CISOs should also establish a continuous modernization of the cyber resilience strategy is essential, ensuring it stays abreast of evolving business pursuits, IT landscapes, and external forces such as regulations. Building awareness at the board level is a critical step, keeping the board informed about IT risks and plans to mitigate them. This fosters top-down organizational alignment, garnering support for necessary changes to ensure the operational resilience of cyber-enabled systems during adverse events.

        IT Voice : Can you elaborate on the concept of cyber resiliency and why it is becoming increasingly important for enterprises? What distinguishes cyber resiliency from traditional cybersecurity approaches?

          Verma : According to Kyndryl IT Risk survey, while organizations believe they are well-prepared to manage and recover from adverse conditions, the reality is that a significant number of organizations have experienced adverse events in the past two years. This highlights the need for organizations to focus on cyber resilience strategies. 

          Cyber resilience is a modern approach to safeguarding an organization’s data and assets in the face of cyber-attacks and breaches. It focuses on the ability to defend against attacks while ensuring business continuity. Unlike traditional cybersecurity, which primarily focuses on preventing breaches, cyber resilience goes beyond that to include strategies for dealing with breaches when they occur. It encompasses technology, people, and processes, and involves mitigating risks within business processes and workflows.

          Cyber resilience is a broader strategy that encompasses cybersecurity as a component. It focuses on defending against attacks while maintaining business continuity and mitigating risks. It is important for enterprises as it reduces financial loss, reputational damage, and increases value creation and trust. It distinguishes itself from traditional cybersecurity approaches by emphasizing strategies for dealing with breaches rather than solely focusing on prevention.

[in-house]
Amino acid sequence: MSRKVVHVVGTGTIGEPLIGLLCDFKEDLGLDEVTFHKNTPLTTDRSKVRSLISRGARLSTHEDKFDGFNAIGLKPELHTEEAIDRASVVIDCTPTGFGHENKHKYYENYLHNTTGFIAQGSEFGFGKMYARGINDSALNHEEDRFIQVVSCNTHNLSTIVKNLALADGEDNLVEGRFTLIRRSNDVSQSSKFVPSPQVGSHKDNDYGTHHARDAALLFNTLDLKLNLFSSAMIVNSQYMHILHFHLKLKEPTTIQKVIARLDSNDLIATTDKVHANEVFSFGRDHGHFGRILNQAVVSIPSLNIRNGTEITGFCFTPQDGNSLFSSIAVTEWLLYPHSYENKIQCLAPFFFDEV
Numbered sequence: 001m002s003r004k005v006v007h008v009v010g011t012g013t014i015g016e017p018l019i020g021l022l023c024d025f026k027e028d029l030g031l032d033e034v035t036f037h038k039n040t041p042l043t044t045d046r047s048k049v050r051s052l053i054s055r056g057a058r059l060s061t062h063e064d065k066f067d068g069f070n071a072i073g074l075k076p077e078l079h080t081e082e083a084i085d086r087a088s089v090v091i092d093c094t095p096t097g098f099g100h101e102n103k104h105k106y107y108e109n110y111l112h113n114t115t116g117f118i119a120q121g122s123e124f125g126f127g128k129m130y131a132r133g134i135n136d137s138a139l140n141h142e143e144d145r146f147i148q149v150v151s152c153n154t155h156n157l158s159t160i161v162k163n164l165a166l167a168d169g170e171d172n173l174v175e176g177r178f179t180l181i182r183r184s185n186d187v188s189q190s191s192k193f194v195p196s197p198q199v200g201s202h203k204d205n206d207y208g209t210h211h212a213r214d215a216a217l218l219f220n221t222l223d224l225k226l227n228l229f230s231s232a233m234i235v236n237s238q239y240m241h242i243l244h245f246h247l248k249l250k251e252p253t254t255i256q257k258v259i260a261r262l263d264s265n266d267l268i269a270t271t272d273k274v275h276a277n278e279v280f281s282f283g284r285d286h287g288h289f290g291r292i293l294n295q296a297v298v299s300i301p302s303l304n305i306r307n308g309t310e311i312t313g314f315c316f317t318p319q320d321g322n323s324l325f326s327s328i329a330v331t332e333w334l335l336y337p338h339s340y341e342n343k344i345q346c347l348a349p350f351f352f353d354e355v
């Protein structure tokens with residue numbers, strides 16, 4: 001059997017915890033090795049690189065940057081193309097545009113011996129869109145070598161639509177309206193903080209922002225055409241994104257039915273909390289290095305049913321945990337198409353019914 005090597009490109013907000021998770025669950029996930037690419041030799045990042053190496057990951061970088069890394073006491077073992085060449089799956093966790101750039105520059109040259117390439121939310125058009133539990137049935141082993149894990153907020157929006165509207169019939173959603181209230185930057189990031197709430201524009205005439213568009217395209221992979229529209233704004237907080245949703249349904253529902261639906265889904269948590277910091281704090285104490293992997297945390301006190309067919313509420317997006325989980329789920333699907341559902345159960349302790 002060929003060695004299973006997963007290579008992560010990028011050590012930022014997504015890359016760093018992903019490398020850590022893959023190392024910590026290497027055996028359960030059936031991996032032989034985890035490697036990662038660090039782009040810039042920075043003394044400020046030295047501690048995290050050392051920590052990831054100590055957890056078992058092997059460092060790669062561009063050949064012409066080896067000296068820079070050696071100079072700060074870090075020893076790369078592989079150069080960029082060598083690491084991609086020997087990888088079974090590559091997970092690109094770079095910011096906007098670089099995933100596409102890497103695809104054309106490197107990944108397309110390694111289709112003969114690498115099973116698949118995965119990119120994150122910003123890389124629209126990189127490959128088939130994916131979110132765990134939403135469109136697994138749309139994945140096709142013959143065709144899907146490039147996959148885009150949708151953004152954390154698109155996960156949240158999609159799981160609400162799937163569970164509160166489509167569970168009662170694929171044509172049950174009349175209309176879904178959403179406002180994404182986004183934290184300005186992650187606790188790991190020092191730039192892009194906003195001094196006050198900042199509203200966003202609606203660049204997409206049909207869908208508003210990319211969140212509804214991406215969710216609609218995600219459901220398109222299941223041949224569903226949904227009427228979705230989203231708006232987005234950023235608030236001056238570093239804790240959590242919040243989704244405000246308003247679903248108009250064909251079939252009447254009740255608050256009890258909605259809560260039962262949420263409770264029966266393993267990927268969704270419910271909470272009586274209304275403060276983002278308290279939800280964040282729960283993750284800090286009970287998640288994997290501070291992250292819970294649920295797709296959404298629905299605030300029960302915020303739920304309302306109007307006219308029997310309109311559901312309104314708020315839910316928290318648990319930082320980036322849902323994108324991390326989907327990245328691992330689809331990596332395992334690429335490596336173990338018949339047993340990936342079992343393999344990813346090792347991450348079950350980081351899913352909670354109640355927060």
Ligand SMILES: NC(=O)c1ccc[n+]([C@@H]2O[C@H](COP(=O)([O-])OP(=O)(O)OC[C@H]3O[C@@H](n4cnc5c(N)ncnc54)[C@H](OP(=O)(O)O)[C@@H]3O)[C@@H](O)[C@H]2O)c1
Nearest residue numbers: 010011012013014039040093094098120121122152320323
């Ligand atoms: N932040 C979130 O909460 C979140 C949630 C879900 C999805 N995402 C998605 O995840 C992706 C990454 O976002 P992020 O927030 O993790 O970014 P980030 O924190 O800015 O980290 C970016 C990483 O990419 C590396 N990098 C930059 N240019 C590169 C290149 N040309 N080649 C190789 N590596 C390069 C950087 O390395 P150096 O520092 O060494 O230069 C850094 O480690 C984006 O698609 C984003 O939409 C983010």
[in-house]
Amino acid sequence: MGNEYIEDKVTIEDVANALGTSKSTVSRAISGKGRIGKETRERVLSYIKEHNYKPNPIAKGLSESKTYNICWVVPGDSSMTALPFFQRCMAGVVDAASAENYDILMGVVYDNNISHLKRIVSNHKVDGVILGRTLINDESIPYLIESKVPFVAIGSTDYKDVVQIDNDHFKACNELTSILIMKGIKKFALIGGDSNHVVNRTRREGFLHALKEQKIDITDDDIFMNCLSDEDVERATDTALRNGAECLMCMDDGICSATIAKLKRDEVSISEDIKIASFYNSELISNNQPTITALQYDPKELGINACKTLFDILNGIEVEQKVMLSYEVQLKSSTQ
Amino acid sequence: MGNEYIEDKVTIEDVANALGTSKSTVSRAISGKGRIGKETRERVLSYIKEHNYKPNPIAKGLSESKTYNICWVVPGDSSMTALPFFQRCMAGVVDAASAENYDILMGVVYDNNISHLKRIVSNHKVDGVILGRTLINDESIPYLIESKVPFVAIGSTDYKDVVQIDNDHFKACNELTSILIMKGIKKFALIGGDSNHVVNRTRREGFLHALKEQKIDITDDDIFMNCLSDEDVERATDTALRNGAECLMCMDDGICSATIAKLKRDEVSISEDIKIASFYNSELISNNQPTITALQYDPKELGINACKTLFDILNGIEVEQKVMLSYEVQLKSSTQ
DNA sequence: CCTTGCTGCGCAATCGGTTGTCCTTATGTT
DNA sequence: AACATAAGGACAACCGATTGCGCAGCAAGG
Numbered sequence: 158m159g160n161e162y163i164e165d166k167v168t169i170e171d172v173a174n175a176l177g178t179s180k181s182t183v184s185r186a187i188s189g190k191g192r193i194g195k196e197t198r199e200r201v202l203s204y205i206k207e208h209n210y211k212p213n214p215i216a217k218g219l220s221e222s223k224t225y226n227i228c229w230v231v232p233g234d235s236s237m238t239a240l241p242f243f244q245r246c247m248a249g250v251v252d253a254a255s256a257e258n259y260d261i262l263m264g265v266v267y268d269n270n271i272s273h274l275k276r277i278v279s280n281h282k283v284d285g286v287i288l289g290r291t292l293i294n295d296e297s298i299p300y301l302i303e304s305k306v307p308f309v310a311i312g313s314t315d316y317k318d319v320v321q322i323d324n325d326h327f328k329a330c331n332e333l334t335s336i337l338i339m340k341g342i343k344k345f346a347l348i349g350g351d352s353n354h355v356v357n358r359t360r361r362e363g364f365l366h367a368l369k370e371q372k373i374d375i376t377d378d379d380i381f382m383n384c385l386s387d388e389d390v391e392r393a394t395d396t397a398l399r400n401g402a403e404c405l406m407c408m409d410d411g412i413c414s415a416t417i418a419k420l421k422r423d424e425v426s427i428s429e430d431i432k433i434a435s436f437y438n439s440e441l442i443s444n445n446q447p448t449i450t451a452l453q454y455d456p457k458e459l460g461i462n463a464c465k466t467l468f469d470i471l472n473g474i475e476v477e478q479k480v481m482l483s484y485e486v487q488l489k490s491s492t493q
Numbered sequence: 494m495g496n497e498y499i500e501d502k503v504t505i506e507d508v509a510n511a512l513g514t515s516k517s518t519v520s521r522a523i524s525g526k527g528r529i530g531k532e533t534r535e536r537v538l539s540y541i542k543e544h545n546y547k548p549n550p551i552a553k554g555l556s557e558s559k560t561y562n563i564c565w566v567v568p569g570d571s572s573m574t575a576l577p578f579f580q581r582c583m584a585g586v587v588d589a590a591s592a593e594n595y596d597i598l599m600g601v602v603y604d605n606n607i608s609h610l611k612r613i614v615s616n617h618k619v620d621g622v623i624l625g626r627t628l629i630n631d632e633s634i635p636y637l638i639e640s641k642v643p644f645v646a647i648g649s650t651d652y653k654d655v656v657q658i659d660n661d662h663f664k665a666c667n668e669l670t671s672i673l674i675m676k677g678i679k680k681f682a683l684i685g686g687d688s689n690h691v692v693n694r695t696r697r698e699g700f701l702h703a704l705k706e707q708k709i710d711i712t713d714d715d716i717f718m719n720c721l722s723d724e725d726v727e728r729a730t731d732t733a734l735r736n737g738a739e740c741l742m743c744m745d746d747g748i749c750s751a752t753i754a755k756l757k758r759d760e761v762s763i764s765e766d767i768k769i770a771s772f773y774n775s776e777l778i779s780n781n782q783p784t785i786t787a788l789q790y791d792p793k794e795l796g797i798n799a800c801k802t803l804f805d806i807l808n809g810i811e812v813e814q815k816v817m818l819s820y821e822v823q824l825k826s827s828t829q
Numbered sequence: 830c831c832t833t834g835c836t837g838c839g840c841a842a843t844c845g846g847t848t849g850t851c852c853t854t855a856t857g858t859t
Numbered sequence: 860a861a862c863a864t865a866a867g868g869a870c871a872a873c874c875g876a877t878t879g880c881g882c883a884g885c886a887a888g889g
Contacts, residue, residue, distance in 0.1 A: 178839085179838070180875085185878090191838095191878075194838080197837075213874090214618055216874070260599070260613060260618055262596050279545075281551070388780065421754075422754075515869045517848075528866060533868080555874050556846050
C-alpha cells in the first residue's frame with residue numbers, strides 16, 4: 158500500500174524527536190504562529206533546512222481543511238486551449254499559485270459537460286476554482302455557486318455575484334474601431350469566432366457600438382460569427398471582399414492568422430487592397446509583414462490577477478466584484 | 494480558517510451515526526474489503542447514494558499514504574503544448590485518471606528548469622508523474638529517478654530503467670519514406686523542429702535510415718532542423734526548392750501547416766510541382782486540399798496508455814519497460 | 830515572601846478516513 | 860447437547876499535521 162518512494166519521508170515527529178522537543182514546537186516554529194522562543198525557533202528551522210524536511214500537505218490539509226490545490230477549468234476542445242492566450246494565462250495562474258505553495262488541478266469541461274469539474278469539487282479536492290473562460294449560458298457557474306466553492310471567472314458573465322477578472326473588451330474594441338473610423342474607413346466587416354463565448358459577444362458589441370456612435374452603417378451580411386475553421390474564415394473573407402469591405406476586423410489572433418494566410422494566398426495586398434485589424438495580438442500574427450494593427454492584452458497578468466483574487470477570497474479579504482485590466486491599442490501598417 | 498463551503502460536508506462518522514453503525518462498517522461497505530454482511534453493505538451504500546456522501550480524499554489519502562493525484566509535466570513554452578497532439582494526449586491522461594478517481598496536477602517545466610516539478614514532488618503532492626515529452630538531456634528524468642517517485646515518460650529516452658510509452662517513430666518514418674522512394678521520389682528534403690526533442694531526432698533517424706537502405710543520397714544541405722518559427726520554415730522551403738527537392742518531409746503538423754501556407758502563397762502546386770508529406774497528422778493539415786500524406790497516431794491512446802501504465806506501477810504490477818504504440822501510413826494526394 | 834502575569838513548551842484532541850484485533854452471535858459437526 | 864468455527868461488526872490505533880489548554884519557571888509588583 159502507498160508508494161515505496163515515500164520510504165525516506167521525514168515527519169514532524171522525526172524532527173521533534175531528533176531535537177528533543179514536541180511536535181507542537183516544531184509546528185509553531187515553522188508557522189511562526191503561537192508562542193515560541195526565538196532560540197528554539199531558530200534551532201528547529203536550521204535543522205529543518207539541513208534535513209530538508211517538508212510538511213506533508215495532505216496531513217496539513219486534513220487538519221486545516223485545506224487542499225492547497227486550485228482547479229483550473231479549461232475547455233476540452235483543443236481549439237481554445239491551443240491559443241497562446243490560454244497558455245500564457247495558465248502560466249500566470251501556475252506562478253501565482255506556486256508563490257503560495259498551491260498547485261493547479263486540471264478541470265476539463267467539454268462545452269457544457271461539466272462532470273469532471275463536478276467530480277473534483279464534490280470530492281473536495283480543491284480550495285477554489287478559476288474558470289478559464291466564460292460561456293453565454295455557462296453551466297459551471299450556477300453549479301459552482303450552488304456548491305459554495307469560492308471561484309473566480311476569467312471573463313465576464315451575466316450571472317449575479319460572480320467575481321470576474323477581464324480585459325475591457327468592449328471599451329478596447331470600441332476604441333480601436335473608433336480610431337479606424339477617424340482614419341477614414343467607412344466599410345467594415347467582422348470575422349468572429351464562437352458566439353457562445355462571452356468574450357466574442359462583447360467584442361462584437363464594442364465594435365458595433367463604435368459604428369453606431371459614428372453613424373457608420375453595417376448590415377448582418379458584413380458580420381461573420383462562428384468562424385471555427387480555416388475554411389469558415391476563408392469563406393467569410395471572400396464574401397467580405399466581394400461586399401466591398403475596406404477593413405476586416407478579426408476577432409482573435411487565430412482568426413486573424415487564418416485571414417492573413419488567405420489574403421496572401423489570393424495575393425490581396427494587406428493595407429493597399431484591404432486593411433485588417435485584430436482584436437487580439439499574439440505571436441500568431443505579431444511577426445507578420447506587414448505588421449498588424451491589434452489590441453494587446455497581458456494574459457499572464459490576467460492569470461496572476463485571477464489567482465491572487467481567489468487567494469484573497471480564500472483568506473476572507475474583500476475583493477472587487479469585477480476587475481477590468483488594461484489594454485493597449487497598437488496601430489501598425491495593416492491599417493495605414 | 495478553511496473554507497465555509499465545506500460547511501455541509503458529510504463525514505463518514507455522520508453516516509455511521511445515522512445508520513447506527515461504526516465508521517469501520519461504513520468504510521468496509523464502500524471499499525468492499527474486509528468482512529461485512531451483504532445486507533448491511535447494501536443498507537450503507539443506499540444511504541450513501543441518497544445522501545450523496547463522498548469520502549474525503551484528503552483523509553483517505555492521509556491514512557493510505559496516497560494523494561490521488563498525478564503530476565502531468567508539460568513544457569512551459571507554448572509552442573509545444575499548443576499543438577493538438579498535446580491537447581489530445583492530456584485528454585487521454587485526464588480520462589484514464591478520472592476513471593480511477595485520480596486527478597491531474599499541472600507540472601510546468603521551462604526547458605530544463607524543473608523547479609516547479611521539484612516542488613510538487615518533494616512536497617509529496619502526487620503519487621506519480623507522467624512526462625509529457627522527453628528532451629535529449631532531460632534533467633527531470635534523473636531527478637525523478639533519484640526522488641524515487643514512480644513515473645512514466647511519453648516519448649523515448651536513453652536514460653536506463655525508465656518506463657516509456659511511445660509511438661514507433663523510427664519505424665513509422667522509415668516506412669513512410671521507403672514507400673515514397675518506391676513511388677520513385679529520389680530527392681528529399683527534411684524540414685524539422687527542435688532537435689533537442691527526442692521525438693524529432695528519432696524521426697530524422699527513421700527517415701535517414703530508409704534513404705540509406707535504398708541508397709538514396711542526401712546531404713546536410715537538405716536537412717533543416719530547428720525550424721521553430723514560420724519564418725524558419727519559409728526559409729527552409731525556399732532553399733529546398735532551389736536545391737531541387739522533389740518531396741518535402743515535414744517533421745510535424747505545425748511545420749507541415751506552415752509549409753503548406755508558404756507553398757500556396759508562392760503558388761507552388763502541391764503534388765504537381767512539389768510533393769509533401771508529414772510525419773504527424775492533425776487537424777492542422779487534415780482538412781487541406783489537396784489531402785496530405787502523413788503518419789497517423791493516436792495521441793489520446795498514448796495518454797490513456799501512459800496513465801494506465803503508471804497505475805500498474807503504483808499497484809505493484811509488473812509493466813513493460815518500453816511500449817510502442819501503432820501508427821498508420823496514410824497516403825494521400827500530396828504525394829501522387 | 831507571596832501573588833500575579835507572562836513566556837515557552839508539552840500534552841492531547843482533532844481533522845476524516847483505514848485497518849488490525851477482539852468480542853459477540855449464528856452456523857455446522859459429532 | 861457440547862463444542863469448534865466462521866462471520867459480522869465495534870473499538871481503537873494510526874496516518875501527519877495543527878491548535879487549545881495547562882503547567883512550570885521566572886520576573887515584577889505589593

IT Voice : The cybersecurity industry is grappling with a significant skill gap. What are your thoughts on the challenges posed by this skill gap and the potential consequences for organizations? How is Kyndryl addressing this issue?

            Verma : The cybersecurity skill gap poses significant challenges for organizations, including delays in completing digital projects and weaker security measures. The shortage of cybersecurity talent can be attributed to several factors, such as a lack of diversity in the talent pool, unrealistic expectations from employers, employees not keeping up with new skills, and experienced professionals leaving the field.

            To tackle this issue, organizations can take proactive steps. Firstly, they can tap into underrepresented communities and provide opportunities for individuals from diverse backgrounds to enter the field. Secondly, upskilling current employees to bridge the skills gap is crucial. Organizations can invest in training programs and certifications to enhance their workforce’s cybersecurity knowledge.

            Additionally, making job descriptions more inclusive and focusing on skills rather than specific qualifications can help attract a wider pool of candidates. This approach allows organizations to identify individuals with potential and provide them with the necessary training and support.

            Kyndryl, for example, is aiming to bring cybersecurity awareness and training to India’s grassroot level through its collaboration with Common Services Centres (CSC). Together, they have launched the Cyber Rakshak program, which aims to empower women in rural and remote areas by equipping them with essential technology skills. These women will become Cybersecurity Ambassadors, promoting cybersecurity education and economic empowerment in their communities. The program aims to train over 100,000 women within three years, significantly contributing to bridging the cybersecurity skill gap.

            IT Voice : Can you tell us about Kyndryl’s cybersecurity practice? How is Kyndryl catering to the modern security requirements of enterprises?

              Verma : Kyndryl’s cybersecurity practice is strategically designed to meet modern security challenges by integrating Artificial Intelligence (AI) for swift breach detection. We proactively embrace the Zero Trust approach to cybersecurity, adapting seamlessly to the dynamic digital landscape shaped by IoT, 5G, and hybrid work environments.

              Our Next Gen Detection and Response (ngXDR) strategy, encompassing Managed Detection and Response (MDR), SIEM, EDR, and Vulnerability Management, offers a versatile solution tailored to evolving security needs. The integration of cyber resilience with Business Continuity and Disaster Recovery strengthens our comprehensive security approach.

              Additionally, Kyndryl’s Security Operations as a platform is built for adaptability, utilizing hybrid teams and adjusting to changing threat landscapes. In India, our collaboration with Common Services Centres for Cyber Rakshak aims to address the increasing demand for cybersecurity professionals.